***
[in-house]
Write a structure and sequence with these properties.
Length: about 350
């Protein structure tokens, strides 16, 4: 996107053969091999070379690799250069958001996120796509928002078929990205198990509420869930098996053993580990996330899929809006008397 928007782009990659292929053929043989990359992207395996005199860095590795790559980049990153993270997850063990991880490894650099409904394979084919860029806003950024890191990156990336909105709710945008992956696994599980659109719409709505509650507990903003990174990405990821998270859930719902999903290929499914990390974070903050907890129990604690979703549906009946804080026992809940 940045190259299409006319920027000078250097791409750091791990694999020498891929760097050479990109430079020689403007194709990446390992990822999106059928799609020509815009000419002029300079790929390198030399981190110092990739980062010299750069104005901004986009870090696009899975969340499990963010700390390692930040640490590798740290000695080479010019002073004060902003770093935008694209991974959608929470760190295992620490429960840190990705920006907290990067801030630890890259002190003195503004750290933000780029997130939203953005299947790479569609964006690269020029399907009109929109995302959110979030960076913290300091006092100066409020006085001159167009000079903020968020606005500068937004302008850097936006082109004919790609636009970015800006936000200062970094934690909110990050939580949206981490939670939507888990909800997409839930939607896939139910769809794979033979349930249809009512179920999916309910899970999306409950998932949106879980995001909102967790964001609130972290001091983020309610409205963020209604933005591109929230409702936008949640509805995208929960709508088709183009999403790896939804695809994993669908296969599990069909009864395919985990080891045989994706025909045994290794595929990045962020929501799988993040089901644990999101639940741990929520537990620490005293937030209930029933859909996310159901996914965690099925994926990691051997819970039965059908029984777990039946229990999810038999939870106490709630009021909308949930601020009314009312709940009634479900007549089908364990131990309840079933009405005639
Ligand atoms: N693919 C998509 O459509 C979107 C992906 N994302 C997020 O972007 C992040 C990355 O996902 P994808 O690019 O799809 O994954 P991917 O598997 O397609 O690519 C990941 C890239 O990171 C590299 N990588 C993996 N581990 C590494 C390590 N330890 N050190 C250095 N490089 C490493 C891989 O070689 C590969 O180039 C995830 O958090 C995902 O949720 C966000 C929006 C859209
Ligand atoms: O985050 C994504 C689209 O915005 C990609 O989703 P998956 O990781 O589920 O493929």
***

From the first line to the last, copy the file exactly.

[in-house]
Write a structure and sequence with these properties.
Length: about 350
């Protein structure tokens, strides 16, 4: 996107053969091999070379690799250069958001996120796509928002078929990205198990509420869930098996053993580990996330899929809006008397 928007782009990659292929053929043989990359992207395996005199860095590795790559980049990153993270997850063990991880490894650099409904394979084919860029806003950024890191990156990336909105709710945008992956696994599980659109719409709505509650507990903003990174990405990821998270859930719902999903290929499914990390974070903050907890129990604690979703549906009946804080026992809940 940045190259299409006319920027000078250097791409750091791990694999020498891929760097050479990109430079020689403007194709990446390992990822999106059928799609020509815009000419002029300079790929390198030399981190110092990739980062010299750069104005901004986009870090696009899975969340499990963010700390390692930040640490590798740290000695080479010019002073004060902003770093935008694209991974959608929470760190295992620490429960840190990705920006907290990067801030630890890259002190003195503004750290933000780029997130939203953005299947790479569609964006690269020029399907009109929109995302959110979030960076913290300091006092100066409020006085001159167009000079903020968020606005500068937004302008850097936006082109004919790609636009970015800006936000200062970094934690909110990050939580949206981490939670939507888990909800997409839930939607896939139910769809794979033979349930249809009512179920999916309910899970999306409950998932949106879980995001909102967790964001609130972290001091983020309610409205963020209604933005591109929230409702936008949640509805995208929960709508088709183009999403790896939804695809994993669908296969599990069909009864395919985990080891045989994706025909045994290794595929990045962020929501799988993040089901644990999101639940741990929520537990620490005293937030209930029933859909996310159901996914965690099925994926990691051997819970039965059908029984777990039946229990999810038999939870106490709630009021909308949930601020009314009312709940009634479900007549089908364990131990309840079933009405005639
Ligand atoms: N693919 C998509 O459509 C979107 C992906 N994302 C997020 O972007 C992040 C990355 O996902 P994808 O690019 O799809 O994954 P991917 O598997 O397609 O690519 C990941 C890239 O990171 C590299 N990588 C993996 N581990 C590494 C390590 N330890 N050190 C250095 N490089 C490493 C891989 O070689 C590969 O180039 C995830 O958090 C995902 O949720 C966000 C929006 C859209
Ligand atoms: O985050 C994504 C689209 O915005 C990609 O989703 P998956 O990781 O589920 O493929």